Most people are familiar with the basic operation of the microscope, but the steps to using a microscope might not be so readily apparent—especially if the last time you used one was back in high school. Microscopes aren’t hard to use but they can be frustrating to try and figure out on your own.
A lot of how-tos you find online are written in jargon and hard to understand, and the instruction manuals that come with microscopes aren’t always the most comprehensive, either. Using a microscope essentially involves [#] steps:
1) Turn the microscope on to the lowest magnification.
Make sure the scope is plugged in or has sufficient battery and that the lights are functional. If you’re using a compound microscope, setting it to the lowest-power lens is especially important, since this gives you more space to work with on the stage.
2) Place your sample on the stage.
If you’re using a compound microscope, the sample will be on a prepared slide, which you’ll secure in place with the clips once you have it in position. With stereo and digital microscopes, the kind of sample you use can be more varied, but make sure it’s secure and contained on the stage before moving forward. Depending on the style of microscope you’re using, you may get the option of adjusting the height of the stage, as well. Make sure that the sample isn’t coming into contact with the lens, especially if you’re using a compound microscope, as this can damage both the sample and the scope.
3) Adjust the focus and lighting.
You want to be able to see the sample clearly at the lowest magnification level before you start cranking it up higher. Look through the eyepiece. If you don’t see your sample at all, move it on the stage until you do. If it’s blurry, turn the focus knob (usually on the side of the microscope) until it’s in sharper focus. Save any lighting adjustments for last. With stereo microscopes, may also need to adjust the width of the eyepieces. Look through both; if you see two pictures of the sample, turn the adjustment knob until they merge into one.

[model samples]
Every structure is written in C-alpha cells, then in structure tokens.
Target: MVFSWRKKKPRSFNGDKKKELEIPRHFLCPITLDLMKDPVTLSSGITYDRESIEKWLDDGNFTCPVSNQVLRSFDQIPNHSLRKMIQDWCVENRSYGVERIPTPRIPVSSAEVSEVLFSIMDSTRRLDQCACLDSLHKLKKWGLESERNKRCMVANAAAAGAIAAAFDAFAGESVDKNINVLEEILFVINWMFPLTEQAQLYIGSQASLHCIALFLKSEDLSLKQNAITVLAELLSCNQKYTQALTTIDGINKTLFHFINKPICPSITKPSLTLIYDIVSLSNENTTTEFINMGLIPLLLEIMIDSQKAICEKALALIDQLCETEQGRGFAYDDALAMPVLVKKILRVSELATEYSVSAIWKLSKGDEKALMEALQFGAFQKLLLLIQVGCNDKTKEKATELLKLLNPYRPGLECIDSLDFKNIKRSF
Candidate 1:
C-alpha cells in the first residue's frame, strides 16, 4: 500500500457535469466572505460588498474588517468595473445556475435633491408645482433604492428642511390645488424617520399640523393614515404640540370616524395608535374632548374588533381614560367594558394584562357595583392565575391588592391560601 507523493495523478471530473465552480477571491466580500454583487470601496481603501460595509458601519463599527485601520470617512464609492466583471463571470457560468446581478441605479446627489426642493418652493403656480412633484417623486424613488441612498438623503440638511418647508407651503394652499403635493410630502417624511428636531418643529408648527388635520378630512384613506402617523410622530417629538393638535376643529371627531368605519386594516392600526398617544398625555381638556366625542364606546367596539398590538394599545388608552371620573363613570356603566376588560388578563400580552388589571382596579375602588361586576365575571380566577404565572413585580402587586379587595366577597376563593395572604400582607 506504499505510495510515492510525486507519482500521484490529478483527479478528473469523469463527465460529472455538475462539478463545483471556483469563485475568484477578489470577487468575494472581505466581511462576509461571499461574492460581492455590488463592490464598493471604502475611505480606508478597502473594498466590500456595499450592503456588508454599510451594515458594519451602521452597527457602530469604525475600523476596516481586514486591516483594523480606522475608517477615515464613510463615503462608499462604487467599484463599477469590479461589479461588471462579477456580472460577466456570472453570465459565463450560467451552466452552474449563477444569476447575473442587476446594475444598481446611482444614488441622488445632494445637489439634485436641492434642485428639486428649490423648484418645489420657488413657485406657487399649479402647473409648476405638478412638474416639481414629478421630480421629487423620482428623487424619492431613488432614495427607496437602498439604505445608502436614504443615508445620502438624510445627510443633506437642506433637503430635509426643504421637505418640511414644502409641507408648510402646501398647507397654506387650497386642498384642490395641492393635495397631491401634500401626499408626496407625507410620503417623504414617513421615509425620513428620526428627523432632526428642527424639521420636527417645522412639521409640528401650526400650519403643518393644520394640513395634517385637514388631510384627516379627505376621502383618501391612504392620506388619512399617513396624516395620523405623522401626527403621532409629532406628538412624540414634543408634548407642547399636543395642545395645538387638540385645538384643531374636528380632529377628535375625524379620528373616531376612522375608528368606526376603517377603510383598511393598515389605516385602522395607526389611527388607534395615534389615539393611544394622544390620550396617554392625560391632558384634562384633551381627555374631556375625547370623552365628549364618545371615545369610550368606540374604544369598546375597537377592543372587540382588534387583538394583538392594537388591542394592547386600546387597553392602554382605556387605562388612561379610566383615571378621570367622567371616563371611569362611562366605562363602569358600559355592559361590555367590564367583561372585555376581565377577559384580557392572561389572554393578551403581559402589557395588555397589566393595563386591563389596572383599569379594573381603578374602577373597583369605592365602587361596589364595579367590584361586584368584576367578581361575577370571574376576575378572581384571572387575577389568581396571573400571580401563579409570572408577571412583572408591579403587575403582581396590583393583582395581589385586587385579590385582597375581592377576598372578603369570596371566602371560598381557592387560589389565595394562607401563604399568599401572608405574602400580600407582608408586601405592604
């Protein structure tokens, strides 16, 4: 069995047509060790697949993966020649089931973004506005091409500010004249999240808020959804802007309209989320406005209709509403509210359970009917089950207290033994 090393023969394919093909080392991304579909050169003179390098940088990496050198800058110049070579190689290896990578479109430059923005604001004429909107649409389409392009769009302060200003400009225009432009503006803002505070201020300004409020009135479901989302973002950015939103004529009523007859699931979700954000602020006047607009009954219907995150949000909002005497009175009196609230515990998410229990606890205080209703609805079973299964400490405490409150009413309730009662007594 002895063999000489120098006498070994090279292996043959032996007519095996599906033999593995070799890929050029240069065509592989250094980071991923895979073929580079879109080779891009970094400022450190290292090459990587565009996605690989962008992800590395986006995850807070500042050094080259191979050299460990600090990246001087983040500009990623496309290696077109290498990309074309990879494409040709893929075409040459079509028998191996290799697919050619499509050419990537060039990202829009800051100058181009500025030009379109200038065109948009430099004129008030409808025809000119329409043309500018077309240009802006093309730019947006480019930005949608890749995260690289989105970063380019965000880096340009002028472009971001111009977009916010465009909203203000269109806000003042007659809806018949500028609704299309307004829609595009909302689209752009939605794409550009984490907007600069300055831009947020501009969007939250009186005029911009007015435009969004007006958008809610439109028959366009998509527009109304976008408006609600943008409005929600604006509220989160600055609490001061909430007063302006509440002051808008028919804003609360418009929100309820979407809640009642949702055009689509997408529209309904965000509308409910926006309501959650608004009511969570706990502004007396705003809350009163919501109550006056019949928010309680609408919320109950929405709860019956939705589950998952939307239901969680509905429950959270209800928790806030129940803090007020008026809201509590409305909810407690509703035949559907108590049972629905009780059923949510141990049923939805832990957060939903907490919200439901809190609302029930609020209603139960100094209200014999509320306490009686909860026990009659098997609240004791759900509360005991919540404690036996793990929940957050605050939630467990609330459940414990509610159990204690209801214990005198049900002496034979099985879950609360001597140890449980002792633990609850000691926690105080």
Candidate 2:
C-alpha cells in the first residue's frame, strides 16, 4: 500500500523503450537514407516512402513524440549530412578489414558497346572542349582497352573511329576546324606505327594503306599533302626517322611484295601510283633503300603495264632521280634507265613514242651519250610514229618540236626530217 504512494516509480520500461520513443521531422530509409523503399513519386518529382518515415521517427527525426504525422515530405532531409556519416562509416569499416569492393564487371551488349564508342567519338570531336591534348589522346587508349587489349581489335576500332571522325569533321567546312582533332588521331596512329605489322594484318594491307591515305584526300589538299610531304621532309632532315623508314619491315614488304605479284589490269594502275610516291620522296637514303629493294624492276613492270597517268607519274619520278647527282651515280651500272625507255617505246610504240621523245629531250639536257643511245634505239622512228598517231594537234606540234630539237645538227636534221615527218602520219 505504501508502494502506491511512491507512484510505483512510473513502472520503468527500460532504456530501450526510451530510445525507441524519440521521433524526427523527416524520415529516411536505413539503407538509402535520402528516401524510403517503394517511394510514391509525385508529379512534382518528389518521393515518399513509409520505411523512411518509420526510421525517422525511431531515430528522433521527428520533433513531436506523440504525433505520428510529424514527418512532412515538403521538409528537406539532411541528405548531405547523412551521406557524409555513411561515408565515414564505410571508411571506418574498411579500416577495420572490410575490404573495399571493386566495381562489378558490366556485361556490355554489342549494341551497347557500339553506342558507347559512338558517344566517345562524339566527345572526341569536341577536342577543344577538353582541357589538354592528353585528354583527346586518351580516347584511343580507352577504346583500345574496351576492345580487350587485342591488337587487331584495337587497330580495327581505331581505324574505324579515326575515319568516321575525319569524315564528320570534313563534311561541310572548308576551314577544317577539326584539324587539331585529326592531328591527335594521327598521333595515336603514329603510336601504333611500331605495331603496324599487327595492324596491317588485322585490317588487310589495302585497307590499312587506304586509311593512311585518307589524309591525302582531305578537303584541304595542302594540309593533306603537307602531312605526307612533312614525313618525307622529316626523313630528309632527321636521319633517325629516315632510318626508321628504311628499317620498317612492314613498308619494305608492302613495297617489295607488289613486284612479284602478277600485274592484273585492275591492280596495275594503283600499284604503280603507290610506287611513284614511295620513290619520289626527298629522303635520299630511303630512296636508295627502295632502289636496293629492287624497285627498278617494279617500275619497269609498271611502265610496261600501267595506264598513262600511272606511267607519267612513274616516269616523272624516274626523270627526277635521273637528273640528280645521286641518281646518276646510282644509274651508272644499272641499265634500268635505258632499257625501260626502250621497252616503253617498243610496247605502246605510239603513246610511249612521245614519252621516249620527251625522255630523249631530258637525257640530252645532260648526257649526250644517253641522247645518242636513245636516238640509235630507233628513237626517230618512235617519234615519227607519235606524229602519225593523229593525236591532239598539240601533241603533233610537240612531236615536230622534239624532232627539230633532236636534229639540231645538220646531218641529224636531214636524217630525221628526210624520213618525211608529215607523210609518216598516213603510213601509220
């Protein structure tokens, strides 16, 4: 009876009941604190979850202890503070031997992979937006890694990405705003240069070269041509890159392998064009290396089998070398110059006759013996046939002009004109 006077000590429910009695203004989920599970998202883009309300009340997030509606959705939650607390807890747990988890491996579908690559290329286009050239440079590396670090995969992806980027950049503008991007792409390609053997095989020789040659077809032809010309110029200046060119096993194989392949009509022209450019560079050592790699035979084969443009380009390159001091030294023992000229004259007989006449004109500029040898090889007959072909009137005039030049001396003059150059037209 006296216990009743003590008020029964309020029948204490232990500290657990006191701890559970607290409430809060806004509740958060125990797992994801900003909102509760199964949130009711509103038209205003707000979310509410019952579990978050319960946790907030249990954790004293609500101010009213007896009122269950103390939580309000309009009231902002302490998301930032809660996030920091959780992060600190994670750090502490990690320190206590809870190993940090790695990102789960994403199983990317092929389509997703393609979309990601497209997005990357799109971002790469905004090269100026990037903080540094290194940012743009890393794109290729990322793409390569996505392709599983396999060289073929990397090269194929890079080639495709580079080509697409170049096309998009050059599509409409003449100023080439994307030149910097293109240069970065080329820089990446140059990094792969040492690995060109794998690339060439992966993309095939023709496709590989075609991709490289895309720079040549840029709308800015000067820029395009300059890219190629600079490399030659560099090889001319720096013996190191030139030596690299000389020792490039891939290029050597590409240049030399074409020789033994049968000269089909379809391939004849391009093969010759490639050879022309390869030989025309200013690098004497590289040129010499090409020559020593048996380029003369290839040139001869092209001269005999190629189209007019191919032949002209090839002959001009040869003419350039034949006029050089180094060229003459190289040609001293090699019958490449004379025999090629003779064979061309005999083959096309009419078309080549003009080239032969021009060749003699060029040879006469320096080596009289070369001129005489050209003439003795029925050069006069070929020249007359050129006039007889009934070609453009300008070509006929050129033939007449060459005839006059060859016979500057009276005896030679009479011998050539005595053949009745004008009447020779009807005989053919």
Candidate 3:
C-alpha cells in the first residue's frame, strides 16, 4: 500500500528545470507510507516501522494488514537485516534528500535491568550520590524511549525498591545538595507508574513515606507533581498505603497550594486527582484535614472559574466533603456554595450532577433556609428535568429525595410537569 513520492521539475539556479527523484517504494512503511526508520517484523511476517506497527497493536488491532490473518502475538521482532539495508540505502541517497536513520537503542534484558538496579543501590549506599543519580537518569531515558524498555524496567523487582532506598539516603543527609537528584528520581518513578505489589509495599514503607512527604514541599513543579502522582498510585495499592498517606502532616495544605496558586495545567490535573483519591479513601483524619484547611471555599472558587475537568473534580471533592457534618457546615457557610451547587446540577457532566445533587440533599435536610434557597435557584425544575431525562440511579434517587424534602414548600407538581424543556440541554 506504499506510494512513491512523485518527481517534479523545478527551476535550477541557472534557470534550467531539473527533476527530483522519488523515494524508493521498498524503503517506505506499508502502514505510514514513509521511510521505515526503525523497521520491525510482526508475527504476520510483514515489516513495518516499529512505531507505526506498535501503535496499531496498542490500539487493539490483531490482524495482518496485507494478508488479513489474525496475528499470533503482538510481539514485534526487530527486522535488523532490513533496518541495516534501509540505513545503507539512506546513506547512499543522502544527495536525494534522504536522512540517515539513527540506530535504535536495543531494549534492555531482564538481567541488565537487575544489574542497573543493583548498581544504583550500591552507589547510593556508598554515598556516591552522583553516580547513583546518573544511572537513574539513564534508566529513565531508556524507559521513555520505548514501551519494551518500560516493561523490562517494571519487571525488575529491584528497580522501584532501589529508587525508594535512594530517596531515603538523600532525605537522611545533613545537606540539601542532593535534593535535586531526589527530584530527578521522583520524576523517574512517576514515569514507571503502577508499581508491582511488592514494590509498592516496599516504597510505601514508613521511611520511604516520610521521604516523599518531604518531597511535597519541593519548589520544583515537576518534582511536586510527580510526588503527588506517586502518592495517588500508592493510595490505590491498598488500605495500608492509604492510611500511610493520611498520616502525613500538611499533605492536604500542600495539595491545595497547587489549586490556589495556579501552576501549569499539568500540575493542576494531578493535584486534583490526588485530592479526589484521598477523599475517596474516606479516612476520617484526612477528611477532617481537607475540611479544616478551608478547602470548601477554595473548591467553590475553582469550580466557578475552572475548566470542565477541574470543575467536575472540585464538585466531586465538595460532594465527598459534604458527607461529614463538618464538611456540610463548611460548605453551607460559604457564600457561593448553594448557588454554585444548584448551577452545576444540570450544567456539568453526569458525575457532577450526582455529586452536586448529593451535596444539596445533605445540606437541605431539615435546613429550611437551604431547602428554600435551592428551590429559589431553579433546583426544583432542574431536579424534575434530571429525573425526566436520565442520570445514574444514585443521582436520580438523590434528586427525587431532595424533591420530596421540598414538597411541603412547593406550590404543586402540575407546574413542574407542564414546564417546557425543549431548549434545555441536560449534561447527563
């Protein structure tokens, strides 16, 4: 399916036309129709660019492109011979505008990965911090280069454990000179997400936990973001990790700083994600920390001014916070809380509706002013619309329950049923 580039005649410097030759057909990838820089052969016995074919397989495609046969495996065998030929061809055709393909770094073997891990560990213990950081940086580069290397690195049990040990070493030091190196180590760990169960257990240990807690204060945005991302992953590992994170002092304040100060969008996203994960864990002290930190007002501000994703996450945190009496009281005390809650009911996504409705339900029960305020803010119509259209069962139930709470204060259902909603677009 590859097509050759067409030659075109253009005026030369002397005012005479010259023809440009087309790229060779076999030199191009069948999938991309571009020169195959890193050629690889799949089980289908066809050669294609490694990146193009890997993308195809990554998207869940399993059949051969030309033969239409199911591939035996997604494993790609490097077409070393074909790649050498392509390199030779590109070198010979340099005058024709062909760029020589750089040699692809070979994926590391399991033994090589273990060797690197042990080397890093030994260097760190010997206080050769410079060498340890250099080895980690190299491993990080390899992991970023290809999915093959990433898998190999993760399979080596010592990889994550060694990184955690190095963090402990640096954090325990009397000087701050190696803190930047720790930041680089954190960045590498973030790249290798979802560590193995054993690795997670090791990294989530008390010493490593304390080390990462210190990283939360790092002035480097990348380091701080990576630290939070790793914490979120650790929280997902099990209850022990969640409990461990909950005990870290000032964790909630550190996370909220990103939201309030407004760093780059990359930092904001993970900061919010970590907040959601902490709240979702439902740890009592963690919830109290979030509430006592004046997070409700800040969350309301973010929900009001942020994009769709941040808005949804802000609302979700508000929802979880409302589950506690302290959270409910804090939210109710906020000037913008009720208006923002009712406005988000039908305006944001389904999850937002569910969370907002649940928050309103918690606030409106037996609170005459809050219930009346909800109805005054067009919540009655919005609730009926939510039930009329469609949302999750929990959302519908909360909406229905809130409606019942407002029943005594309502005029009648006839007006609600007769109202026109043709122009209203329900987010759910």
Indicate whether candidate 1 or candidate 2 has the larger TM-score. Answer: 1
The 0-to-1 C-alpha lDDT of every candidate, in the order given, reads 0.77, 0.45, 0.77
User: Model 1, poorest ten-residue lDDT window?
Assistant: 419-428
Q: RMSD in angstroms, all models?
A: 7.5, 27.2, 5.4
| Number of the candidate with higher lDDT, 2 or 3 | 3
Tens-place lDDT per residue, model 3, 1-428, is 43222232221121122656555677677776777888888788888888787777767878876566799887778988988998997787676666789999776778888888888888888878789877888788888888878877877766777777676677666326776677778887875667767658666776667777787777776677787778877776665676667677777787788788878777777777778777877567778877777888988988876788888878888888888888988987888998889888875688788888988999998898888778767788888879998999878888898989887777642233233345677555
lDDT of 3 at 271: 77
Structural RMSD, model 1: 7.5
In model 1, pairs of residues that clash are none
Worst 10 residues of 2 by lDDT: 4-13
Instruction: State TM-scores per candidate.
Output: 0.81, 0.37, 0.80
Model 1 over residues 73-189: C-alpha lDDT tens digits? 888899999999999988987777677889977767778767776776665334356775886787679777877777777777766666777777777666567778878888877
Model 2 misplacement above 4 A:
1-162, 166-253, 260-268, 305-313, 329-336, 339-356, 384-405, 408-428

4) Repeat adjustments each time you change magnification.
If you only want to use the lowest magnification setting, you can stop at step 3. If you want to view your samples in more detail, however, you’ll likely need to readjust each time you change the magnification. Making gradual increases in the magnification will make it easier to focus in on the exact area you’re looking for. You will also likely need to re-adjust the focus every time you move the sample on the stage, as well.
Digital, stereo, or compound—what’s the difference?
In terms of operation, digital microscopes will be the simplest for most users to operate. Most digital microscopes use a style of magnification more similar to the zoom on a digital camera than the system of optical lenses in a stereo or compound microscope. Since they also often lack traditional eyepieces, opting instead for a viewscreen, you’ll have to do less adjustment overall when you’re using them.
Compound microscopes, conversely, are the most difficult to use. Because there is a larger between lens magnification levels, you’ll need to make more adjustments each time you switch them. It can also be more difficult to zero in on specific areas of your sample since minute adjustments can make a big difference through the lens.
Even compound microscopes aren’t that hard to use, though, if you know the right steps to follow. Using small, delicate adjustments, especially at higher magnification levels, will serve you well as you’re learning to navigate your new equipment.